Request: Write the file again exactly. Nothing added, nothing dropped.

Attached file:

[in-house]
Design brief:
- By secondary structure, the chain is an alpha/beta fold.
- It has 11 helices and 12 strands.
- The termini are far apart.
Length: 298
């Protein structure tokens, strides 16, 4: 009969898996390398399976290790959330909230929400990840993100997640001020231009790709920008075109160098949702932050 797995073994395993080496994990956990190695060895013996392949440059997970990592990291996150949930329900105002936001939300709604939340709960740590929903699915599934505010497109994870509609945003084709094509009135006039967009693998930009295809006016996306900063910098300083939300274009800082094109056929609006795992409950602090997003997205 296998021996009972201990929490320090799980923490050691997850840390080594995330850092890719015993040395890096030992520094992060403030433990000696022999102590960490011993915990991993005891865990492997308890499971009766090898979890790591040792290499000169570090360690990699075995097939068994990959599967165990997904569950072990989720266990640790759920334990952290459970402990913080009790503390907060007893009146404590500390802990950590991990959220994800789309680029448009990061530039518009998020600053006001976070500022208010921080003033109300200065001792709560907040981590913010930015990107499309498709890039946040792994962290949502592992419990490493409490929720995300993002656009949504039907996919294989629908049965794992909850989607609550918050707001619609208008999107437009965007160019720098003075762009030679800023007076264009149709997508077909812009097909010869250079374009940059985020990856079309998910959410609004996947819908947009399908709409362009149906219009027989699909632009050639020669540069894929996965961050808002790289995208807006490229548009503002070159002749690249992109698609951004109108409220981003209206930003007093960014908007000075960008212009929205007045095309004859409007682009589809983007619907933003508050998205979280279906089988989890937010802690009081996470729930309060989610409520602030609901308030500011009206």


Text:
[in-house]
Design brief:
- By secondary structure, the chain is an alpha/beta fold.
- It has 11 helices and 12 strands.
- The termini are far apart.
Length: 298
């Protein structure tokens, strides 16, 4: 009969898996390398399976290790959330909230929400990840993100997640001020231009790709920008075109160098949702932050 797995073994395993080496994990956990190695060895013996392949440059997970990592990291996150949930329900105002936001939300709604939340709960740590929903699915599934505010497109994870509609945003084709094509009135006039967009693998930009295809006016996306900063910098300083939300274009800082094109056929609006795992409950602090997003997205 296998021996009972201990929490320090799980923490050691997850840390080594995330850092890719015993040395890096030992520094992060403030433990000696022999102590960490011993915990991993005891865990492997308890499971009766090898979890790591040792290499000169570090360690990699075995097939068994990959599967165990997904569950072990989720266990640790759920334990952290459970402990913080009790503390907060007893009146404590500390802990950590991990959220994800789309680029448009990061530039518009998020600053006001976070500022208010921080003033109300200065001792709560907040981590913010930015990107499309498709890039946040792994962290949502592992419990490493409490929720995300993002656009949504039907996919294989629908049965794992909850989607609550918050707001619609208008999107437009965007160019720098003075762009030679800023007076264009149709997508077909812009097909010869250079374009940059985020990856079309998910959410609004996947819908947009399908709409362009149906219009027989699909632009050639020669540069894929996965961050808002790289995208807006490229548009503002070159002749690249992109698609951004109108409220981003209206930003007093960014908007000075960008212009929205007045095309004859409007682009589809983007619907933003508050998205979280279906089988989890937010802690009081996470729930309060989610409520602030609901308030500011009206």